The anti-corruption movement spearheaded by Arvind Kejriwal and others aggressively, and somewhat naively, advocated Janlokpal as a panacea for all governance ills. Moreover, Kejriwal and his comrades adopted a maximalist position that did not reckon with Constitutional and systemic constraints as seen in their adamant refusal to budge an inch in negotiations with the then government. The movement, which vehemently opposed mainstream political parties, later morphed into the Aam Aadmi Party and fought elections to the Delhi Assembly twice with Lokpal as one of its main promises. After riding to power, the party, which was taunted by its rivals about its Lokpal promise, has now finally introduced the Delhi Janlokpal Bill in the Assembly.
Former AAP leader and lawyer Prashant Bhushan accused Delhi Chief Minister Kejriwal of betraying the anti-graft movement by introducing a bill, which he alleged, was worse than the Union Government’s Lokpal legislation. Pointing to the clauses relating to the selection process and removal of the ombudsman by the Assembly and not by courts and presidential sanction as envisaged in the anti-corruption movement’s draft bill, he contended that it would weaken the institution and make it vulnerable to political pressure. In its defence, the AAP government has cited Supreme Court observations in the Judges Appointment case, which indicates acceptance of systemic realities and a limited retreat from its past maximalist position.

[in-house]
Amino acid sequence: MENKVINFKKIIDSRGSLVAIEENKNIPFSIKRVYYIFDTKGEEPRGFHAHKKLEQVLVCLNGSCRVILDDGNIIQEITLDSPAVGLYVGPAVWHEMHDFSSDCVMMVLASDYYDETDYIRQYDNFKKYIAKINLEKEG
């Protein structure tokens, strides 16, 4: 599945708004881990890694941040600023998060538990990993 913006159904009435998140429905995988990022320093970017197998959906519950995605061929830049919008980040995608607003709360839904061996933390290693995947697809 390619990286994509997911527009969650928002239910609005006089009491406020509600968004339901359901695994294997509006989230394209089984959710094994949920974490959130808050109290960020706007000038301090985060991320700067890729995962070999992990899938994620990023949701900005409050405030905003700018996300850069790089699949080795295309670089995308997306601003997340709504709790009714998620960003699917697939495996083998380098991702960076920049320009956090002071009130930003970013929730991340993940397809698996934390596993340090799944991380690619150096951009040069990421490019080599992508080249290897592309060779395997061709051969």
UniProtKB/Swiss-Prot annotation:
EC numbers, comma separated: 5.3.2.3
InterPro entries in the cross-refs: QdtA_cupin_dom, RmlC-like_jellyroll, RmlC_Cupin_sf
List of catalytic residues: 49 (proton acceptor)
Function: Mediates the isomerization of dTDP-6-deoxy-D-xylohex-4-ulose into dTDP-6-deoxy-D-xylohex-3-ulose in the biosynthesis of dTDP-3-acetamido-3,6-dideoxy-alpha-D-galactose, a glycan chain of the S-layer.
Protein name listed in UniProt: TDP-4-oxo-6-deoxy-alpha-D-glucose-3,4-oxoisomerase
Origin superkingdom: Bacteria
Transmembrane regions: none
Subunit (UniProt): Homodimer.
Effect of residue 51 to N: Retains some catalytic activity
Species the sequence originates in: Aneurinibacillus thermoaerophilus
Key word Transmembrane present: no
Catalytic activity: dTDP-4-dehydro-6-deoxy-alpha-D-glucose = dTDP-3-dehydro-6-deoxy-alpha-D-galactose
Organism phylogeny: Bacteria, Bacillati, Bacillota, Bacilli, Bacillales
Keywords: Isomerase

There are other serious and equally, if not more, contentious issues in the Bill. For instance, bringing Union Ministers and functionaries within the ambit of the proposed legislation will surely lead to a confrontation between the AAP government and the Centre. As it is, AAP has been at loggerheads with the Centre over the issue of Statehood for Delhi; and with limited powers, the Delhi government’s initiatives in the recent past have run into legal and administrative obstacles from the office of the Lieutenant Governor, who represents the Central Government. In such a scenario of lack of mutual trust, this debatable Bill too will face hurdles and AAP could use it to score political points. It may make people suspect AAP’s intentions.